Tanzanian governor wants people to report suspected gay men so they can be arrested

St Joseph's Catholic cathedral in Zanzibar, Tanzania. Governor Paul Makonda, like 61% of Tanzanians, is Christian.

St Joseph's Catholic cathedral in Zanzibar, Tanzania. Governor Paul Makonda, like 61% of Tanzanians, is Christian. Wikipedia

The regional commissioner of Tanzania’s economic capital Dar es Salaam said he wants to arrest as many gay people as possible.

Speaking with reporters on Monday, Paul Makonda said that he wants citizens to report people they believe are gay.

“I have information about the presence of many homosexuals in our province,” he said. “These homosexuals boast on social networks.”

“Give me their names,” he demanded. “My ad hoc team will begin to get their hands on them next Monday.”

Related: Tanzania is cracking down on gays by banning lube

He said he expected criticism from other countries but doesn’t care.

“I prefer to anger those countries than to anger God,” he said, adding that homosexuality “tramples on the moral values of Tanzanians and our two Christian and Muslim religions.”

This isn’t the first time Makonda has tried to eliminate gay people from Dar es Salaam. In 2016, he said that anyone who follows a gay person on social media could be arrested.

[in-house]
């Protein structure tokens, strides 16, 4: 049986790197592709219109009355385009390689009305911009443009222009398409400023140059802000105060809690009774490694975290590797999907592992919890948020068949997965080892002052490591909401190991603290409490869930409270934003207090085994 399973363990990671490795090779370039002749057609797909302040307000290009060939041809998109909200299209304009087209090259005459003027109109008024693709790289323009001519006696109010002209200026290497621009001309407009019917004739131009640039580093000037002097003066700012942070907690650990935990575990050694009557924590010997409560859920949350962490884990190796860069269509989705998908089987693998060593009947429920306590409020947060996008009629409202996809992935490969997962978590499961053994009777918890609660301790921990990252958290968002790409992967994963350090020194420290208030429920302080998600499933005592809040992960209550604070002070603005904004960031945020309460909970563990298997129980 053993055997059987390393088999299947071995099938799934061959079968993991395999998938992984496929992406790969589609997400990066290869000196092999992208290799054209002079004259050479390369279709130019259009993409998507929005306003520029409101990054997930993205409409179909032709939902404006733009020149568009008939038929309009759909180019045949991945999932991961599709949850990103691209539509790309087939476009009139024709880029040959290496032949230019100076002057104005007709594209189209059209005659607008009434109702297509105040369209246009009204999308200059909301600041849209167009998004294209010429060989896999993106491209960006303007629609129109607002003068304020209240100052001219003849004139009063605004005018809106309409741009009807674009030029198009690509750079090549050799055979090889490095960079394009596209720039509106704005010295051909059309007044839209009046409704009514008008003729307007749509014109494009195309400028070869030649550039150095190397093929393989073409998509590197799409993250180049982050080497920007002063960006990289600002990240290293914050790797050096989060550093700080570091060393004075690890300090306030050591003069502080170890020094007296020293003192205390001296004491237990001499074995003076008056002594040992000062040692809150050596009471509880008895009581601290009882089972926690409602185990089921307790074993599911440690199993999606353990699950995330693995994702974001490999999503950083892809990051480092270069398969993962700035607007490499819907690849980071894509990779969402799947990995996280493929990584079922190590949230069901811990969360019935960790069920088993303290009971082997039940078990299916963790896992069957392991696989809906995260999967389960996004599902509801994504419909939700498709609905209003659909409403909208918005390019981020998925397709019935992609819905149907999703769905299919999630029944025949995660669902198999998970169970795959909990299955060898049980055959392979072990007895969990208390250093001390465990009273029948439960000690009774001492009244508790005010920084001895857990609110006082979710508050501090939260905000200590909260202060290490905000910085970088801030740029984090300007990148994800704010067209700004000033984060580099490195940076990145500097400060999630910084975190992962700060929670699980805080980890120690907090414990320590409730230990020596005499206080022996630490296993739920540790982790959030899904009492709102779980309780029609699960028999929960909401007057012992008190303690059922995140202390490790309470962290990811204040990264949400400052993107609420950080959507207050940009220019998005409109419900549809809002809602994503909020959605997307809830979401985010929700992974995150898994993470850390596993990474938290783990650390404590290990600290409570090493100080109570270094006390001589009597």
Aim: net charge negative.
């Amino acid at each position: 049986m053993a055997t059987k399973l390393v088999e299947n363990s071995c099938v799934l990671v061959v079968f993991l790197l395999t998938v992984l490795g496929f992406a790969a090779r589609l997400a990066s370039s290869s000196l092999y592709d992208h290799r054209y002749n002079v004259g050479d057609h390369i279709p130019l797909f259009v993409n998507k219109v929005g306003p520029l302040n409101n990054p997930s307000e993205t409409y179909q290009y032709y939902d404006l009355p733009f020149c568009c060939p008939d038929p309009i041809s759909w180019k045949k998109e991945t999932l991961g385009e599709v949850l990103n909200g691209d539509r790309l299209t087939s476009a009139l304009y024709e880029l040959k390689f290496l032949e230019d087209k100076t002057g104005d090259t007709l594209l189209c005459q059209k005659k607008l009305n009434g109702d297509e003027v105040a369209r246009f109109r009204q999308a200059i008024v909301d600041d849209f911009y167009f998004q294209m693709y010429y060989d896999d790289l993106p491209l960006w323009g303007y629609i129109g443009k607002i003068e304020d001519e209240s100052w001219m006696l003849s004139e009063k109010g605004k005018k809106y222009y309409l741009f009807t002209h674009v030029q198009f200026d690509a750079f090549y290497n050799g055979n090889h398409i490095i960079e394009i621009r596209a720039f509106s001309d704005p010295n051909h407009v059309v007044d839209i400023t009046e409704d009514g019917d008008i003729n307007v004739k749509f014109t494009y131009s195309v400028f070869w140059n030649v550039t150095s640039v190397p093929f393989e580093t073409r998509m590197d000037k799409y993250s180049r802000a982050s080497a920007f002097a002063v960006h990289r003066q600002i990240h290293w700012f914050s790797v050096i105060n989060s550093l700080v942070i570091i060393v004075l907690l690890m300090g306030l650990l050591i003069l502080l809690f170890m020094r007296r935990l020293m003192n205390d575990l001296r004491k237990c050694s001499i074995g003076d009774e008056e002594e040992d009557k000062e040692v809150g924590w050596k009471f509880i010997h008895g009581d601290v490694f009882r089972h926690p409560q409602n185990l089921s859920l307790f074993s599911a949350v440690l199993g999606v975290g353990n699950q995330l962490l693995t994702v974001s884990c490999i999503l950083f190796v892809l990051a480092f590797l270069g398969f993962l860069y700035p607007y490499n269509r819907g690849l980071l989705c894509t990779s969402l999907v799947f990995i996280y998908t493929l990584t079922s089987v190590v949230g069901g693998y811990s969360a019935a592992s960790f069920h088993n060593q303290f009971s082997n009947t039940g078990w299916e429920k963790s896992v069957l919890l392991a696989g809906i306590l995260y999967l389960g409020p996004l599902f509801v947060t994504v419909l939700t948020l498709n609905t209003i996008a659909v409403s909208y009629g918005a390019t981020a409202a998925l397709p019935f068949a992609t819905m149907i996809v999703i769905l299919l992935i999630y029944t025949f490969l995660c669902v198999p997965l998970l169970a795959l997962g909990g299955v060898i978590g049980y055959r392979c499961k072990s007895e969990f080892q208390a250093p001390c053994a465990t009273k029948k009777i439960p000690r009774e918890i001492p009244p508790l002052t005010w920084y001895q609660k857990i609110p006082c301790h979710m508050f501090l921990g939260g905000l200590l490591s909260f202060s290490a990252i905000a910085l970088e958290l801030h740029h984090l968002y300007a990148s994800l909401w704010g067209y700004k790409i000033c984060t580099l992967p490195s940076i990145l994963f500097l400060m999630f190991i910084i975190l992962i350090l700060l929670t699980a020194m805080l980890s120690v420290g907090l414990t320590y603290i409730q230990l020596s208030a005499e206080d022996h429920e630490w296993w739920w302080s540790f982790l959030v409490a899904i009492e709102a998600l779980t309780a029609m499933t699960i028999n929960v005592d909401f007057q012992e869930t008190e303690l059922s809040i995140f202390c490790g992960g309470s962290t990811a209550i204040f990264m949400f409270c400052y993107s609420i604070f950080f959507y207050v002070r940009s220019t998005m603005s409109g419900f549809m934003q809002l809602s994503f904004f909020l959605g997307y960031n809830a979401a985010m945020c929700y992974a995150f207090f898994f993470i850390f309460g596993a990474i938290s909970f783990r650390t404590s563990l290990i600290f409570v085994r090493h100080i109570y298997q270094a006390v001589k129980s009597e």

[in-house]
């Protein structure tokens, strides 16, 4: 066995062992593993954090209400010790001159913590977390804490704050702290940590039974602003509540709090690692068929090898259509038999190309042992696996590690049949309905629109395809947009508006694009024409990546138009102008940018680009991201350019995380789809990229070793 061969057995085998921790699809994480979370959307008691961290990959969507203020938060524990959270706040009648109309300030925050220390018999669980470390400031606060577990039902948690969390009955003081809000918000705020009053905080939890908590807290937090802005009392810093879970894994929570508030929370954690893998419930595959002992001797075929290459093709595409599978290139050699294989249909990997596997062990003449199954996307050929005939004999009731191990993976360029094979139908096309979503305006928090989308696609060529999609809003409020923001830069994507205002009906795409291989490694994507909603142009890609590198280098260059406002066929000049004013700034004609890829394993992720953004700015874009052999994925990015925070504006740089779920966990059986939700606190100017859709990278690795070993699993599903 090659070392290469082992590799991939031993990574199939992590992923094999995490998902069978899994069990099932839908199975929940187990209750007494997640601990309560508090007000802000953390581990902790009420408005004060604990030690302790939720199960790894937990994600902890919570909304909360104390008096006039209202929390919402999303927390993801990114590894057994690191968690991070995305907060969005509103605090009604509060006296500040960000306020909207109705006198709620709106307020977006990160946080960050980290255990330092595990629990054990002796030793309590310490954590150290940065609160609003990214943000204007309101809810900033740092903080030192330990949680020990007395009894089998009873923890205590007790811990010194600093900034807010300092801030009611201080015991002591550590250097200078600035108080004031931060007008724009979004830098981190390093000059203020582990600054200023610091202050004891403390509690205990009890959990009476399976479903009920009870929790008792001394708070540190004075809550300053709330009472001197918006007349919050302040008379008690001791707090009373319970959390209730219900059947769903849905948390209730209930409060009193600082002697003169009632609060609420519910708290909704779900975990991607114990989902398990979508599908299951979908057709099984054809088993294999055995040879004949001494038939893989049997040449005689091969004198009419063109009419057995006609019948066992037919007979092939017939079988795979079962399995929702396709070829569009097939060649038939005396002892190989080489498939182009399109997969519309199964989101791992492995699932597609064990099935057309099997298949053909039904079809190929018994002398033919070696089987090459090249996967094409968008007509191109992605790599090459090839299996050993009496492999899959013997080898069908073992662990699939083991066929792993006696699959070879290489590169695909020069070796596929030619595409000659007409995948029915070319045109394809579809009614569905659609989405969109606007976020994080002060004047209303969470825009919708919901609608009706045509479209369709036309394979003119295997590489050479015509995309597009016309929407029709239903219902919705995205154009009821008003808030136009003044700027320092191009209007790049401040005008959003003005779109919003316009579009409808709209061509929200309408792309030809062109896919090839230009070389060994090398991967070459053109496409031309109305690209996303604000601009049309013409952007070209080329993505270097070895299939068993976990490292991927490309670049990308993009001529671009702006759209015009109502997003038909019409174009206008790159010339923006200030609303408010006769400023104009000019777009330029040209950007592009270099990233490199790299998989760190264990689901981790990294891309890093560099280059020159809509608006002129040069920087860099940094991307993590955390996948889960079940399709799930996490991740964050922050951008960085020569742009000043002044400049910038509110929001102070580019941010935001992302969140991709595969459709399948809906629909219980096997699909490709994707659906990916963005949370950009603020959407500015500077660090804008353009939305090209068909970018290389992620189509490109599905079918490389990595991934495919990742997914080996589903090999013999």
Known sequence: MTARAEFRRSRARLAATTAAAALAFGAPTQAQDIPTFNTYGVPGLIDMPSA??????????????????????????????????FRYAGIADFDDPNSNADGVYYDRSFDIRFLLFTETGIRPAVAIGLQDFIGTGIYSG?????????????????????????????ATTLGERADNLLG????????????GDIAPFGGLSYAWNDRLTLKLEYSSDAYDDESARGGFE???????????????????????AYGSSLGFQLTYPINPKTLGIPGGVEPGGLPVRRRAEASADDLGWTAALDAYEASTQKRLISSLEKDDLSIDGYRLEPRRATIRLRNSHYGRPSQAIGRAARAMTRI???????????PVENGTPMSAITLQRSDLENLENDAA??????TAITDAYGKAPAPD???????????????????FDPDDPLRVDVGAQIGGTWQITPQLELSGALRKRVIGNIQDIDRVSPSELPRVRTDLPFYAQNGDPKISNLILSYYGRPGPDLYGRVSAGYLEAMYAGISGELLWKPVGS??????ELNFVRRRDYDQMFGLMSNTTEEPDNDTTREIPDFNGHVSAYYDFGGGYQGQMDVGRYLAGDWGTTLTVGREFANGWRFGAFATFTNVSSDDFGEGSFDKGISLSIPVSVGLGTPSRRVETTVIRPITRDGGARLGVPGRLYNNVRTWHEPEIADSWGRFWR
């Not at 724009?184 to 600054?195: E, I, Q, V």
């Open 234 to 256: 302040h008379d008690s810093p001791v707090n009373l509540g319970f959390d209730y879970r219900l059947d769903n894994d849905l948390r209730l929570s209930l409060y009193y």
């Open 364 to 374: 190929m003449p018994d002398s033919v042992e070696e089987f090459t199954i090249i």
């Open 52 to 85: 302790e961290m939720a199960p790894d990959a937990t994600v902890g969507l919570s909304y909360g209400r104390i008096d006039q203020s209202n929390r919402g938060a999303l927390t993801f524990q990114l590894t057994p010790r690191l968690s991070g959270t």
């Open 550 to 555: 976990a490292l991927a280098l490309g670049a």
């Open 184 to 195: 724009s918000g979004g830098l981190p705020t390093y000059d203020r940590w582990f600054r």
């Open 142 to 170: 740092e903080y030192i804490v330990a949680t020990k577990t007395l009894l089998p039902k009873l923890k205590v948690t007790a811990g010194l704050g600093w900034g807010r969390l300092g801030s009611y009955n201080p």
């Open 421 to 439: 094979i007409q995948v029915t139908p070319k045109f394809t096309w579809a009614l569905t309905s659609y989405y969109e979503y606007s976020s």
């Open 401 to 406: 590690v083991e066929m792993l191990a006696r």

“If there’s a homosexual who has a Facebook account, or with an Instagram account, all those who ‘follow’ him… are just as guilty as the the homosexual,” he said.

That same year, the city banned imports of lube, citing non-government organizations that work with gay men and hand out condoms and lube. The Health Minister said at the time that the money used to buy lube would go instead to maternity wards.

In 2017, the country stopped 40 private health centers from providing HIV/AIDS-related services, accusing them of catering to gay men.

Sex between men is illegal in Tanzania and carries a maximum penalty of life in prison. Police in Dar es Salaam have been arresting gay men in sweeps of nightclubs for several years.

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